European Fosamax Study: Bisphosphonate Use Connected to Atypical Femur Fractures
A report published in the May 5, 2011 issue of the New England Journal of Medicine provides further confirmation that there is, in fact, a causal link between the widely criticized osteoporotic drug, Fosamax, and atypical femur fractures. In conducting this latest Fosamax study, Swedish researchers analyzed data on 12,777 women, aged 55 and older, who suffered femur fracture injuries in 2008. The researchers concluded that there is a 47.3 percent relative risk of sustaining atypical femur fractures in patients using bisphosphonates, such as Fosamax. Perhaps what is most startling to those who have questioned and debated whether bisphosphonates such as Fosamax are safe, is that these drugs are intended to help post-menopausal women who suffer from osteoporosis by building bone strength and preventing fractures. Instead, Fosamax and other bisphosphonates are causing injuries, such as atypical femur fractures, that they are prescribed to prevent.
- Fosamax And Femur Fractures: A Close Look At An Important New Study
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- Fosamax Jaw Deterioration
- Fosamax Femur Fracture
- Fosamax Heart Condition
- Fosamax Warnings
- Fosamax Lawsuit
- Fosamax Lawyer
- Fosamax Jaw
- Fosamax Warning
- Fosamax Lawsuits
- Fosamax Attorney
- Fosamax Femur Fractures
- Fosamax Injuries
- Fosamax Side Effects: Femur Fractures and Jaw Disease
Dangerous Drug Alert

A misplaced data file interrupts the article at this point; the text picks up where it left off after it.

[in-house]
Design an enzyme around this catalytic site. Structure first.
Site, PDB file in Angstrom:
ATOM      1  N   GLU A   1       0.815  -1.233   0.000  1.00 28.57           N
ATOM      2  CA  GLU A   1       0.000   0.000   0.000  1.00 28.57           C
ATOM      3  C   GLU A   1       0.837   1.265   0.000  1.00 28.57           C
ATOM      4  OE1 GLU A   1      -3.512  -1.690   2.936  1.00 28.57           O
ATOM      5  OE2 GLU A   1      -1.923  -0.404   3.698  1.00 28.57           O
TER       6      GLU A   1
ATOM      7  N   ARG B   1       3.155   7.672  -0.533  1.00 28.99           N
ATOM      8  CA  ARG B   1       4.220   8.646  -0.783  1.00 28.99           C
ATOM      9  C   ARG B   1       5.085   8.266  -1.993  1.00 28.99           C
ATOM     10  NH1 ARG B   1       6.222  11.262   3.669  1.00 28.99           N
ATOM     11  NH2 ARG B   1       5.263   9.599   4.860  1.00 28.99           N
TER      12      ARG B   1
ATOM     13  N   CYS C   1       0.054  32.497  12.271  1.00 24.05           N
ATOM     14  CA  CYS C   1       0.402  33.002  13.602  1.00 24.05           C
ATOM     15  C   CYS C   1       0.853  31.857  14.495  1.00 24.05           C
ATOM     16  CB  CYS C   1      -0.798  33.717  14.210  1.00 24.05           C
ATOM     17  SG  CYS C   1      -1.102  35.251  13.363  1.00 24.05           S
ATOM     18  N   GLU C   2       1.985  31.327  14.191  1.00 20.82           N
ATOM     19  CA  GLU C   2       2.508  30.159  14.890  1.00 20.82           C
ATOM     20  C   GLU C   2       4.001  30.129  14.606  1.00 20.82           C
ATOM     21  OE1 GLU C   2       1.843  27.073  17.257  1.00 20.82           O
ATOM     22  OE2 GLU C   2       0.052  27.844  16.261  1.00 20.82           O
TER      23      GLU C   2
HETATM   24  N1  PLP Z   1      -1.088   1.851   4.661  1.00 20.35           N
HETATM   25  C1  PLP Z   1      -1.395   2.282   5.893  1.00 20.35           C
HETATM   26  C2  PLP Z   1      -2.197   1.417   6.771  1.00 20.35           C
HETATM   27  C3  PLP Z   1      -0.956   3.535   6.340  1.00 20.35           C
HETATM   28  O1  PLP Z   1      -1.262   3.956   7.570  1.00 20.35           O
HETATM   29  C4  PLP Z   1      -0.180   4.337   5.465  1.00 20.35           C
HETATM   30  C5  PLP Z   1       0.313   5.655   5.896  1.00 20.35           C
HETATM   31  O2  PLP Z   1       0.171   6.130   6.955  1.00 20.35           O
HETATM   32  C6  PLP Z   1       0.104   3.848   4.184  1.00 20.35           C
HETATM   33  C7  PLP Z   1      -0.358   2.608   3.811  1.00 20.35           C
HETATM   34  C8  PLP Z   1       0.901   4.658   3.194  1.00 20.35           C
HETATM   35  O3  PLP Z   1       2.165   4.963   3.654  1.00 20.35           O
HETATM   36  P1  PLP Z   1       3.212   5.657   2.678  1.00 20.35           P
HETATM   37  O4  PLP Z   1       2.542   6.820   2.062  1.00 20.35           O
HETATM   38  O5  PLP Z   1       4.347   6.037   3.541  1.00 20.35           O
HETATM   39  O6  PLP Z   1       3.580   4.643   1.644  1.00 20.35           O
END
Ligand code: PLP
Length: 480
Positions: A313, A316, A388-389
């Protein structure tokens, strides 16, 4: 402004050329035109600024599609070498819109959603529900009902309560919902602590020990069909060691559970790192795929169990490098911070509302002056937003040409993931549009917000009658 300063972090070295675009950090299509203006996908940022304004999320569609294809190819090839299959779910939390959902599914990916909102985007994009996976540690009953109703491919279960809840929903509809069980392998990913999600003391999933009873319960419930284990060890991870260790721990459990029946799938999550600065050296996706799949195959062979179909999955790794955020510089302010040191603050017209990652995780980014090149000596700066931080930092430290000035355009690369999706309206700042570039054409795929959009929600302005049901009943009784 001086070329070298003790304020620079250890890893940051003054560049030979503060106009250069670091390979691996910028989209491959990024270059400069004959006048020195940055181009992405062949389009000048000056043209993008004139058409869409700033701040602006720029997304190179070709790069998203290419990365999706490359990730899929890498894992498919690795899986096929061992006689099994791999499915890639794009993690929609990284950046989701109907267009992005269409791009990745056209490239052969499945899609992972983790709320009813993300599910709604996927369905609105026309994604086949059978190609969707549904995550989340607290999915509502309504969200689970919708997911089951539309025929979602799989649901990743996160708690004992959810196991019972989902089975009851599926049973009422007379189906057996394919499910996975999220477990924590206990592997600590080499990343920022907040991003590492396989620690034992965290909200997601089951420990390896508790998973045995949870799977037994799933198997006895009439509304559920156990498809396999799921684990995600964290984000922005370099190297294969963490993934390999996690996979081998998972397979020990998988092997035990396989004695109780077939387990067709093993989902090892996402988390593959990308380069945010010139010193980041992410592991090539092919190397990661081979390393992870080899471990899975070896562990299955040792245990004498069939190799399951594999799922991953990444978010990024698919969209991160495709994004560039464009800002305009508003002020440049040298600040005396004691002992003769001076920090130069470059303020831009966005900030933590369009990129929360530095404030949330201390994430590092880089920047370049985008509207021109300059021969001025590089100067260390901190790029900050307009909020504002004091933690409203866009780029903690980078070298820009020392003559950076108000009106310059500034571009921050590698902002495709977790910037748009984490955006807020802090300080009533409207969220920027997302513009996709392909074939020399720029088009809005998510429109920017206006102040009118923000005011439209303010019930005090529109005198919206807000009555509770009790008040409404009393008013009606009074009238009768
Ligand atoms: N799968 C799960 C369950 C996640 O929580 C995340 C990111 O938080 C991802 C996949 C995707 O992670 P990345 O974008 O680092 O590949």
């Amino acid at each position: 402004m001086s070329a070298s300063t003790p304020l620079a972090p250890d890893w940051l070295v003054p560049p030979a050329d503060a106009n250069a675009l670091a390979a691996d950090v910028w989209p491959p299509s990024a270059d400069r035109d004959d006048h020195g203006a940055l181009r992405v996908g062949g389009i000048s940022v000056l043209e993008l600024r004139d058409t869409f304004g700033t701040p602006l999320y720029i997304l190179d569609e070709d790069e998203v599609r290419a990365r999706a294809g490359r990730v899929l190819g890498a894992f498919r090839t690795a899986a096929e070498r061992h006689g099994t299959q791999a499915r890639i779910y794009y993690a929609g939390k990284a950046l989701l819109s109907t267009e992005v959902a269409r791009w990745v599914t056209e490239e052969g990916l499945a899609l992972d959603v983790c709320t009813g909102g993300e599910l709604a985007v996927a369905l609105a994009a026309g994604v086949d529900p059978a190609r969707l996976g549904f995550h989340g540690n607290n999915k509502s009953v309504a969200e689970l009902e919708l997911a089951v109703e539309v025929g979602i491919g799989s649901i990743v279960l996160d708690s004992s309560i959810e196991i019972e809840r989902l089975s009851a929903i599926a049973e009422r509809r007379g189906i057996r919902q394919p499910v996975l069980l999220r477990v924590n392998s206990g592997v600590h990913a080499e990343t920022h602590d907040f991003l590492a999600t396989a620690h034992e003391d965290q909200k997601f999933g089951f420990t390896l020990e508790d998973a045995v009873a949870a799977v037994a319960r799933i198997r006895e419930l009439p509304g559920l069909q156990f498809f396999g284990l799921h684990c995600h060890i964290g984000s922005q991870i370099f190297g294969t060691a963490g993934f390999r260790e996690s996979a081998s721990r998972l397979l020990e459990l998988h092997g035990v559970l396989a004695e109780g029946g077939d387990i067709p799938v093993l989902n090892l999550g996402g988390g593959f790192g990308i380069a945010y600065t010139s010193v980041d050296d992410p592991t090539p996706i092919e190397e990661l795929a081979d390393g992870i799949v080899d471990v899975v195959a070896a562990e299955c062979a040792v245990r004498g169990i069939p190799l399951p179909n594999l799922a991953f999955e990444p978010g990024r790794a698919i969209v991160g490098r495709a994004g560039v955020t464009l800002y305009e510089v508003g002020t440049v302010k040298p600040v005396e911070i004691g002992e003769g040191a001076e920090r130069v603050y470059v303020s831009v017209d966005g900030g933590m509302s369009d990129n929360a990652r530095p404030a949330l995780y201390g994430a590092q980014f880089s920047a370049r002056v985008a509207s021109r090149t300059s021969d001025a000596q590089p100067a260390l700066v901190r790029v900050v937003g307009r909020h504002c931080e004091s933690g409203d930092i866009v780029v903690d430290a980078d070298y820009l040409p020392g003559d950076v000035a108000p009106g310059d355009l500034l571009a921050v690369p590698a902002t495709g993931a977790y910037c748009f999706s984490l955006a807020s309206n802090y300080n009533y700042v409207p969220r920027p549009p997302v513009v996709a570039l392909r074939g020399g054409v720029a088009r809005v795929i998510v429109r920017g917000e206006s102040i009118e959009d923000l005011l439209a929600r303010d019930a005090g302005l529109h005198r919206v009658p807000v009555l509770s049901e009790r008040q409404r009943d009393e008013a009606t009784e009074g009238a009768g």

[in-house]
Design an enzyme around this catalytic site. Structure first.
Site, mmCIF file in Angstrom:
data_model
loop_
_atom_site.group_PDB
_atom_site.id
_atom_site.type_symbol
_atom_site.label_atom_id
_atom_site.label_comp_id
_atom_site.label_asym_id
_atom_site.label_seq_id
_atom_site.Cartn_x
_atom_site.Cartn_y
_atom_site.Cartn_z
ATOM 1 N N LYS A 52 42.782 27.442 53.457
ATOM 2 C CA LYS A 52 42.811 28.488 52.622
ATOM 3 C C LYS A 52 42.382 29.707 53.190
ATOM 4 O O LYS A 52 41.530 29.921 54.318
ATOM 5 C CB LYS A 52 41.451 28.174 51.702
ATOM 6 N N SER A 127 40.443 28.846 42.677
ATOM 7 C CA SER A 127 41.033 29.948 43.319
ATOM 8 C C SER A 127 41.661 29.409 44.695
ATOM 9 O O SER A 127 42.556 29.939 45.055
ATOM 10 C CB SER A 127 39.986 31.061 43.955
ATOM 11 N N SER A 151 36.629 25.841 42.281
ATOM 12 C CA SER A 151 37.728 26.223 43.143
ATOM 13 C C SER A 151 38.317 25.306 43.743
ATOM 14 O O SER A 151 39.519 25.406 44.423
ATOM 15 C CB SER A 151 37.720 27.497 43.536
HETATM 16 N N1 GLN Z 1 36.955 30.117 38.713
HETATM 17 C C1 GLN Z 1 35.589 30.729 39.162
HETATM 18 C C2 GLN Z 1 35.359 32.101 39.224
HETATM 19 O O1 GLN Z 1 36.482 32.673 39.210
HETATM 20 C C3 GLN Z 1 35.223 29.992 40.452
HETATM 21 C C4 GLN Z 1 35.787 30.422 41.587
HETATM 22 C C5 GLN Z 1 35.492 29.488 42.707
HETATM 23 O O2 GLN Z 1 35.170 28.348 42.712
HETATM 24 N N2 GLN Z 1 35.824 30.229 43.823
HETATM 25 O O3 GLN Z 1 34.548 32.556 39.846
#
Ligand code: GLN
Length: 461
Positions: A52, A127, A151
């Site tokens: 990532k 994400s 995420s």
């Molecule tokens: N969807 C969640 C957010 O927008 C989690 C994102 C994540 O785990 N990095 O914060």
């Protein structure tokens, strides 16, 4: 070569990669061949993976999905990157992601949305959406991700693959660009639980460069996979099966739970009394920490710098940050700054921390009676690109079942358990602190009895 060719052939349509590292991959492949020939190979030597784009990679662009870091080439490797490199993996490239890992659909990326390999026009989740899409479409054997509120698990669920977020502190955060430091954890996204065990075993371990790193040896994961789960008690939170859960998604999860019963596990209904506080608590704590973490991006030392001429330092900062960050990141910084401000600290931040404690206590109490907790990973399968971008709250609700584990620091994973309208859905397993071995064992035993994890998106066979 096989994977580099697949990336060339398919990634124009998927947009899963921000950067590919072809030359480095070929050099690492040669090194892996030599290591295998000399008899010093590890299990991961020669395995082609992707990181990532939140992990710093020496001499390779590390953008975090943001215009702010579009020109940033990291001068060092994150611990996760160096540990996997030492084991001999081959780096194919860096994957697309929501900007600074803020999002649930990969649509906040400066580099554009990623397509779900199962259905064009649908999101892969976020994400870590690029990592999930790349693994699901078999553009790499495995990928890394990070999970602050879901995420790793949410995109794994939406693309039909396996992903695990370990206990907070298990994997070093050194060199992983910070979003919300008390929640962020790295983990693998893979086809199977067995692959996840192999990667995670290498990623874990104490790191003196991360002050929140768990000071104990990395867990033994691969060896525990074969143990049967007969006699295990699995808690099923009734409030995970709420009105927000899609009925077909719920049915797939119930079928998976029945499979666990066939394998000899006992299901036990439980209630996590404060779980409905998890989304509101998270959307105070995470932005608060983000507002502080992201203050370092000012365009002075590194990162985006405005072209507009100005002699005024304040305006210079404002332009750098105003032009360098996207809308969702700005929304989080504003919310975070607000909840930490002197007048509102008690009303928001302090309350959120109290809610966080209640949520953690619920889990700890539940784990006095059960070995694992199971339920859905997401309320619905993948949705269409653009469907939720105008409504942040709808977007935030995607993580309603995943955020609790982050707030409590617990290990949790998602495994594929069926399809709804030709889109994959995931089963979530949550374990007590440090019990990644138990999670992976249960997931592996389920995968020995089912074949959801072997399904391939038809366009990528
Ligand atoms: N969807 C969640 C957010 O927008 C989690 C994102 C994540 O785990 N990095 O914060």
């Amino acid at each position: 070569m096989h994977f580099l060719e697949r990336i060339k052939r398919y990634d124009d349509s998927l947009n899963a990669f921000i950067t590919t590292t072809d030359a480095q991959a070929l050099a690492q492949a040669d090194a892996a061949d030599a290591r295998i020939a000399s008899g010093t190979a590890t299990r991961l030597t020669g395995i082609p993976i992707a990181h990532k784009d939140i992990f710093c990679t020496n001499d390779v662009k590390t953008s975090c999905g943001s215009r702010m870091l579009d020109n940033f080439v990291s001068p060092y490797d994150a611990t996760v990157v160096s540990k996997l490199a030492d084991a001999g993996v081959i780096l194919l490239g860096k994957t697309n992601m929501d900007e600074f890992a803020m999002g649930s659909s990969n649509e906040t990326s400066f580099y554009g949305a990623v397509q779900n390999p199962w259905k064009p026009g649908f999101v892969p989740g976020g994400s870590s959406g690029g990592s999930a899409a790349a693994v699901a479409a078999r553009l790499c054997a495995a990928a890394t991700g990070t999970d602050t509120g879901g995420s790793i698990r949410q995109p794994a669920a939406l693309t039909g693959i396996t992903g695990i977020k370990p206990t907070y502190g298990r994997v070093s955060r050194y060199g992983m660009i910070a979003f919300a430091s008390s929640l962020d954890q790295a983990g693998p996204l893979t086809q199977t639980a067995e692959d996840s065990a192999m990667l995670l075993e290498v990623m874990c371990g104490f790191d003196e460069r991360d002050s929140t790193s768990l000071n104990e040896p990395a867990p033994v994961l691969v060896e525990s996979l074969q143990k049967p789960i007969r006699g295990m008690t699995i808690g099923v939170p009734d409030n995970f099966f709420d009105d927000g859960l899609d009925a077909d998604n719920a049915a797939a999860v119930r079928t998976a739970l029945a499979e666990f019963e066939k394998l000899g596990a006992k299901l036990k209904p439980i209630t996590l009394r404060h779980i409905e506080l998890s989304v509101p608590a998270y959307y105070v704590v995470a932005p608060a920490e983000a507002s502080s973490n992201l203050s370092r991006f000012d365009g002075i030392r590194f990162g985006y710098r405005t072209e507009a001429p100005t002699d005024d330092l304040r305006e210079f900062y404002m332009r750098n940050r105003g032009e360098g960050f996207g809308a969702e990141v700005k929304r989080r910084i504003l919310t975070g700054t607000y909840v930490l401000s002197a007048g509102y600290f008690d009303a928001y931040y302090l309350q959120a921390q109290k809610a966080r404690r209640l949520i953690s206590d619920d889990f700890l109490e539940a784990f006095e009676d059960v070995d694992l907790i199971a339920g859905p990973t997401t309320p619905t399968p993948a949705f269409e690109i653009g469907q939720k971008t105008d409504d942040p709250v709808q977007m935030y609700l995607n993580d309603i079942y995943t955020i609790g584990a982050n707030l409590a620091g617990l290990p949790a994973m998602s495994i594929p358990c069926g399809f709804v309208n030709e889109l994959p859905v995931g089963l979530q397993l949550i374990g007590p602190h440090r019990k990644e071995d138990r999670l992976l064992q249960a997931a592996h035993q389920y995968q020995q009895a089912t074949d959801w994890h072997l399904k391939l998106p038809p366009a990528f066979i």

Detailed Findings of the Fosamax Study
Dr. Per Aspenberg, a professor of orthopedics at Linkoping University, was the lead researcher of the Fosamax study. Of the 12,777 women observed, 59 of them sustained atypical femur fractures. 78 percent of those who sustained atypical femur fractures took bisphosphonates, compared with 10 percent of a control group. Most importantly, this Fosamax study served to reinforce earlier findings. First, long-term use increases the risk of atypical femur fractures – for every 100 days of bisphosphonate use, the risk of sustaining atypical femur fractures increases by 30 percent. Second, the risk of atypical femur fractures declines by 70 percent per year once bisphosphonate use is stopped.
In light of this latest Fosamax study, Dr. Elizabeth Shane, a professor of medicine at Columbia University who chairs a task force created by the American Society of Bone and Mineral Research to study this issue, is working to establish a national registry of patients who have sustained atypical femur fractures.
Fosamax Atypical Femur Fracture Lawsuit
If you or a loved one sustained an atypical femur fracture as a result of Fosamax use, you may be able to file a lawsuit seeking compensation for your medical expenses, pain and suffering, lost wages and more. Contact one of our Fosamax lawyers today for a free and confidential evaluation. The lawyers at Bernstein Liebhard LLP have extensive litigation experience, and have recovered billions of dollars for their clients. In addition to being staunch advocates for your claim, our Fosamax injury lawyers also provide personal attention to guide you through the complex litigation process.